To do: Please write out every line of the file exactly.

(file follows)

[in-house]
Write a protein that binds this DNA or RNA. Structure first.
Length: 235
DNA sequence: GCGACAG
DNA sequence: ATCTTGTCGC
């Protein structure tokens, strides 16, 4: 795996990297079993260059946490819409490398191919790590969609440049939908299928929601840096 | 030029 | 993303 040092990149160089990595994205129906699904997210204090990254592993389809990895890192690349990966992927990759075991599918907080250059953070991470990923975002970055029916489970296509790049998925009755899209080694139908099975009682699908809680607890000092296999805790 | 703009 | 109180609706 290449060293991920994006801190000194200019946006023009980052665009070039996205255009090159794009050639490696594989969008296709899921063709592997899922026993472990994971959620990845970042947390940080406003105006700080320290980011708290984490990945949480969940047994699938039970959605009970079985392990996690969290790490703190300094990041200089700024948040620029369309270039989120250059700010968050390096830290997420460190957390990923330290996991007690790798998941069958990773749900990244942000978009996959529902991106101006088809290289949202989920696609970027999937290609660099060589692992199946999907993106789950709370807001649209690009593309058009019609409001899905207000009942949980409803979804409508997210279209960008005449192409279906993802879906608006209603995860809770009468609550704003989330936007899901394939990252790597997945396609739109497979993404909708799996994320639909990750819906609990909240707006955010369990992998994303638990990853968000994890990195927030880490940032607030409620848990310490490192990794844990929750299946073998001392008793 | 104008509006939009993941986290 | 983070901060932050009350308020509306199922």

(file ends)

[in-house]
Write a protein that binds this DNA or RNA. Structure first.
Length: 235
DNA sequence: GCGACAG
DNA sequence: ATCTTGTCGC
């Protein structure tokens, strides 16, 4: 795996990297079993260059946490819409490398191919790590969609440049939908299928929601840096 | 030029 | 993303 040092990149160089990595994205129906699904997210204090990254592993389809990895890192690349990966992927990759075991599918907080250059953070991470990923975002970055029916489970296509790049998925009755899209080694139908099975009682699908809680607890000092296999805790 | 703009 | 109180609706 290449060293991920994006801190000194200019946006023009980052665009070039996205255009090159794009050639490696594989969008296709899921063709592997899922026993472990994971959620990845970042947390940080406003105006700080320290980011708290984490990945949480969940047994699938039970959605009970079985392990996690969290790490703190300094990041200089700024948040620029369309270039989120250059700010968050390096830290997420460190957390990923330290996991007690790798998941069958990773749900990244942000978009996959529902991106101006088809290289949202989920696609970027999937290609660099060589692992199946999907993106789950709370807001649209690009593309058009019609409001899905207000009942949980409803979804409508997210279209960008005449192409279906993802879906608006209603995860809770009468609550704003989330936007899901394939990252790597997945396609739109497979993404909708799996994320639909990750819906609990909240707006955010369990992998994303638990990853968000994890990195927030880490940032607030409620848990310490490192990794844990929750299946073998001392008793 | 104008509006939009993941986290 | 983070901060932050009350308020509306199922």